TaylorMade SLDR driver v TaylorMade JetSpeed driver

What's the difference between the SLDR and JetSpeed driver?

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GOLFMAGIC took both TaylorMade SLDR driver and TaylorMade JetSpeed driver (10.5-degree, stiff shaft) out for a quick testing session to gauge the difference in their looks, feel and performance.

For the record, TaylorMade hasn't designed the JetSpeed driver to be anywhere near as adjustable as the recently released SLDR driver. The JetSpeed family of metalwoods is taking the mantle of the RBZ Stage 2 family, and so TaylorMade is once again continuing its two-family philosophy regarding woods.

The SLDR family, featuring driver, fairways and hybrids, has been designed with the tinkerers in mind (as the R1, R11 and R11S were before it), while the JetSpeed family, featuring driver, fairways and hybrids, has been designed at a slightly lower price point with distance-craving players in mind (as RBZ Stage 2, RBZ and Burner were).

Let's take a closer look at both SLDR and JetSpeed drivers...

Summary & Looks:

Both drivers occupy modern, classic looking head shapes in pleasing charcoal grey and black crowns. Aesthically both remind me of the TaylorMade 200 Steel I used to play as a kid. JetSpeed features a slightly shallower clubhead than SLDR but both combine a low, forward centre of gravity. Both drivers are all about high launch, low spin, hence why it's important to loft up. Alignment aids include a silver-button back on the SLDR and a unique decal on the JetSpeed. Turning clubheads over, SLDR owns a 20g sliding weight towards the front of clubhead to move the club's centre CG low and forward. JetSpeed is the first TaylorMade driver to take up the Speed Pocket and this promotes less spin, as well as greater ball speeds on shots struck below the centre of the clubface. The sweetspot is 25% larger than the RBZ Stage 2 driver so this is perfect for the mid to high capper who struggles to make clean contact with their drives. The SLDR, more for the mid to low capper, features a weight mechanism that can sort out just about any flaw in the swing and it's also quicker and easier to adjust unlike the R1 before it. I personally believe you can be much more precise with your tuning this time around as the SLDR generates more than double the influence on a driver's CG than the R1's moveable weights. On top of that, instead of the R1′s two CG options, the SLDR offers 21 different CG locations that are mapped out on the driver’s sole between the driver’s heel and toe. You really are spoilt for choice. You also get a 12-position adjustable sleeve in both SLDR and JetSpeed allowing you to increase or decrease loft by up to 1.5 degrees.

Feel:

Feel is of course a preference but an important one when determining whether to purchase a club. Both standard Fujikura Speeder 57 shaft installed in the SLDR and Matrix Velox T 49g shaft in the JetSpeed felt like they were contributing to faster clubhead speed and overall distance. The JetSpeed felt a little more whippier than the SLDR due to the slightly lighter shaft but I wouldn't put anyone off either in the feel stakes. Both shafts felt very stable and performed like the 60g I'm used to. Sound at impact is a much nicer thwack with both SLDR and JetSpeed rather than the normal metallic tinny noise that I normally associate with TaylorMade drivers. Both feel and sound very similar - the sound is better with both SLDR and JetSpeed because you've now lost all the gadgets and gizmos of recent TM drivers like weights and sole plates.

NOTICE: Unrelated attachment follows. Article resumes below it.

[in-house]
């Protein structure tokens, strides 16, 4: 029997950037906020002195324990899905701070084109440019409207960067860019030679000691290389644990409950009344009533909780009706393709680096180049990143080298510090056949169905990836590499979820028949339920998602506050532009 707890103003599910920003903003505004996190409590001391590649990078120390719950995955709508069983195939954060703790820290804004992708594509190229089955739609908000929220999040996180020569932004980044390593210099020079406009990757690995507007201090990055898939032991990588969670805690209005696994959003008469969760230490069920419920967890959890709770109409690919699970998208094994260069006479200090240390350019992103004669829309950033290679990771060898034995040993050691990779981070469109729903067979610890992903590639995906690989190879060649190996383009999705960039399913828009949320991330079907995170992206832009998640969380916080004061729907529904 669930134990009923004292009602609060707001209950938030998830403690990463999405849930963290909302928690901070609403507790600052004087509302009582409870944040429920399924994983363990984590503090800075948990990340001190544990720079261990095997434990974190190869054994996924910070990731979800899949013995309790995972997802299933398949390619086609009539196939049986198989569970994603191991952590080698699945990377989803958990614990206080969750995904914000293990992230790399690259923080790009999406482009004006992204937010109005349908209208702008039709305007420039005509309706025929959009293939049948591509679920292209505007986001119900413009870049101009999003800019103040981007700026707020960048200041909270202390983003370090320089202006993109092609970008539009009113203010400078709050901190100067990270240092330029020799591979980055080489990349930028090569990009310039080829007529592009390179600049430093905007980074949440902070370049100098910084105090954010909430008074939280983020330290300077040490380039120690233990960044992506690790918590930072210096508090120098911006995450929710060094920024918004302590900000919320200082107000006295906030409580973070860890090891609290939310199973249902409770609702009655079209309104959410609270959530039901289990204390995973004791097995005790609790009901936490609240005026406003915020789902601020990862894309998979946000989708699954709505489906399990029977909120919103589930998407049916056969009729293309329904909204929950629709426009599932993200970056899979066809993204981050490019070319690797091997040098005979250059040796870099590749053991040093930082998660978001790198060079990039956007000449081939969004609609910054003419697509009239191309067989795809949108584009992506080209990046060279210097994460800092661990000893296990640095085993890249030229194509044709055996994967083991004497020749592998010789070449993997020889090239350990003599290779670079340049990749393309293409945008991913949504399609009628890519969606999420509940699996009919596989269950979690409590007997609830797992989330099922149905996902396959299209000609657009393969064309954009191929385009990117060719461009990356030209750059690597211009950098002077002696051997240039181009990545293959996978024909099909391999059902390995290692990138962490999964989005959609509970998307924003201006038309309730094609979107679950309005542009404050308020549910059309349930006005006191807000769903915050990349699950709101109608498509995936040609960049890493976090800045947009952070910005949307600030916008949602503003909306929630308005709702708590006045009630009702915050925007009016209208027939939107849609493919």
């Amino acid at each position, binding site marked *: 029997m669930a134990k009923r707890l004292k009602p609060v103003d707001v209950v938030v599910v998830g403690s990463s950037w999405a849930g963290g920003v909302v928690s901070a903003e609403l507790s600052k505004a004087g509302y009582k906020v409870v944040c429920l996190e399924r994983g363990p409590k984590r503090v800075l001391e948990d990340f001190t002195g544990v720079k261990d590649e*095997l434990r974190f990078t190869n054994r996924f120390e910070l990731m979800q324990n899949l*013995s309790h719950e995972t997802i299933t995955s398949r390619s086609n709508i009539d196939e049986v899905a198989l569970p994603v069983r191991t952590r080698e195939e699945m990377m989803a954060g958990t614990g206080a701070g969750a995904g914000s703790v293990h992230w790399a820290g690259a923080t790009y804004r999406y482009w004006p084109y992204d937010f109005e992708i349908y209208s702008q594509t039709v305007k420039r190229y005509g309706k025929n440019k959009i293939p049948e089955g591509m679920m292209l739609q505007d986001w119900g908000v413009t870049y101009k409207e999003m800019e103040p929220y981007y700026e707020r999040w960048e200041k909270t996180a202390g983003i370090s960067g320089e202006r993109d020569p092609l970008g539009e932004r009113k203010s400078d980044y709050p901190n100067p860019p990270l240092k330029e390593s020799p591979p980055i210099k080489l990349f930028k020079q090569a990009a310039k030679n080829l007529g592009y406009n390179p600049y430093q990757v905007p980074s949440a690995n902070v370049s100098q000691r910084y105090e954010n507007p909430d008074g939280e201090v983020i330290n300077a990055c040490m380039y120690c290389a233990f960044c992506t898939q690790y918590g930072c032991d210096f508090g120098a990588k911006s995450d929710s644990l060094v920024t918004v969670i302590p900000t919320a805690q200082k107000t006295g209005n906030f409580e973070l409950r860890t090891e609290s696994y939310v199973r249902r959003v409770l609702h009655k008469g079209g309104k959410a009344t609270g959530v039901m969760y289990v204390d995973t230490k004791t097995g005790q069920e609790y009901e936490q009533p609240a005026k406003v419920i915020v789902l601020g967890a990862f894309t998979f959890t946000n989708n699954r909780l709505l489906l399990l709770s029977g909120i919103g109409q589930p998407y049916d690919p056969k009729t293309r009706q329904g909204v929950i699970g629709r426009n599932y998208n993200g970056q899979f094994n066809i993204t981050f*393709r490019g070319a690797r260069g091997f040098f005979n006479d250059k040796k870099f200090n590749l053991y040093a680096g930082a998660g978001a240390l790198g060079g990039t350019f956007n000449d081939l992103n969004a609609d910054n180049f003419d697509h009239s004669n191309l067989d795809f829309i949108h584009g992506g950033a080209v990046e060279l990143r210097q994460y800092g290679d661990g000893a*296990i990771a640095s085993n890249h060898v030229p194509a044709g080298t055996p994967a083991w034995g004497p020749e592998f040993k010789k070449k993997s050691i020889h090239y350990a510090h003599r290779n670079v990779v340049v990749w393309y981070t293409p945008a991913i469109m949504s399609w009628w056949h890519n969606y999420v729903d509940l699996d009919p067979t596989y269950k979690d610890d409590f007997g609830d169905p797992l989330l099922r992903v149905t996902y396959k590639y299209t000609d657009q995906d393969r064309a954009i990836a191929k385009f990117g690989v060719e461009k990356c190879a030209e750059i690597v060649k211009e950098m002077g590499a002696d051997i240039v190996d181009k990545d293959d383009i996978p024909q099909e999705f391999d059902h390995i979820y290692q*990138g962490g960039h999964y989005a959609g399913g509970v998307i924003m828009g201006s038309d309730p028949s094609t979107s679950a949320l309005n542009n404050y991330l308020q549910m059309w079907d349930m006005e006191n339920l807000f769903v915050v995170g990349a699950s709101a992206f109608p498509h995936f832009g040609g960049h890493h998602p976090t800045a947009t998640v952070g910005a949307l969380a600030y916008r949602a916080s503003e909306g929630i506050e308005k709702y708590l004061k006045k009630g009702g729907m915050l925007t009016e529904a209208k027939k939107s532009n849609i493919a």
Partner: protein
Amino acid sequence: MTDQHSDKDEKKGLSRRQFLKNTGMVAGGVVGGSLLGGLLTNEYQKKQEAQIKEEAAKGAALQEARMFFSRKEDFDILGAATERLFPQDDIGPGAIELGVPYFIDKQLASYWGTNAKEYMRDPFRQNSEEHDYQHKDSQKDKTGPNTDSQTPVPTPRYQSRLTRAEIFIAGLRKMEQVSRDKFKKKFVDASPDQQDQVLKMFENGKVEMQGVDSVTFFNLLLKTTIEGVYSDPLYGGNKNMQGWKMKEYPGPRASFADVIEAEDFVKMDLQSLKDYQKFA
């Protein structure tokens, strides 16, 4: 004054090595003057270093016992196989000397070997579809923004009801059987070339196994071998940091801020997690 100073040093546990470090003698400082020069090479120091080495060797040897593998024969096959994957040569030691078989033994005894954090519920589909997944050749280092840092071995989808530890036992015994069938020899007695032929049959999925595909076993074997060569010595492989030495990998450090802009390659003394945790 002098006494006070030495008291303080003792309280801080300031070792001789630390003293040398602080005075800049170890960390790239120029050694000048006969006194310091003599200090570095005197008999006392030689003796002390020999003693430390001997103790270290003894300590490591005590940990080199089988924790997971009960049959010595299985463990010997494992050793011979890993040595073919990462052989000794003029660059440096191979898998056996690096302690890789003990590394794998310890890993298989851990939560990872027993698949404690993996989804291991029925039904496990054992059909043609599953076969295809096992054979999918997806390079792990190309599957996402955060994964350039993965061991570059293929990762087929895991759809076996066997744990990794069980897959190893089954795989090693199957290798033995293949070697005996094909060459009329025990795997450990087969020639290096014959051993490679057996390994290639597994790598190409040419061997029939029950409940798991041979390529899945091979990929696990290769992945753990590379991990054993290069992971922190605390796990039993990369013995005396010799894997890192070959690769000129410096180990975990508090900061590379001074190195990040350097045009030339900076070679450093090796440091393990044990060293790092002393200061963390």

Performance:

My testing proved the SLDR edged the JetSpeed on carry but the JetSpeed ran out further on total distance, partly due to its lower spin rate and lower vertical launch. Launch angle was higher with the SLDR and there was generally a much more penetrating ball flight. SLDR was the much straighter of the two drivers for me. There is no question once you've found the correct position to place your 20g sliding weight, or if you decide to get yourself custom fit with TaylorMade, you will be finding fairways with regularity. While I like how the Speed Pocket increases distance and lowers the spin rate of drives, the ability to find the short grass is what matters most. Offline dispersion was around the 15-yard mark with JetSpeed and less than 10 with the SLDR.

CARRY DISTANCE SPIN RATE LAUNCH ANGLE
SLDR 245 270 2250 13.5
JETSPEED 241 273 2100 12.3

Verdict

JetSpeed proved the longer of the two drivers with a slightly lower spin rate as balls consistently flew off the face thanks to the new Speed Pocket. SLDR was longer for carry but a little shorter in total distance, yet I'd certainly give up a few yards on average - three as it proved to be - in return for finding more fairways. At the end of the day, however, both drivers are high launching, low spinning drivers. Whether paying an extra £100 for the SLDR is suffice is another matter, especially considering the difference in performance of both drivers is marginal. Yet if you've got the cash to splash in 2014, SLDR is the answer. In short, SLDR provides the better combination of performance, simplicity and good looks, while JetSpeed offers terrific value for money in this day and age of driver technology and will all-but guarantee you're playing your second shots on par-4s and par-5s last in the group.

You want more?

REVIEW: TAYLORMADE SLDR DRIVER
REVIEW: TAYLORMADE JETSPEED DRIVER
REVIEW: TAYLORMADE SLDR FAIRWAY WOOD
FIRST LOOK: TAYLORMADE SLDR METALWOODS
FIRST LOOK: TAYLORMADE JETSPEED METALWOODS
2014: THE YEAR OF LOFT BEGINS FOR TAYLORMADE

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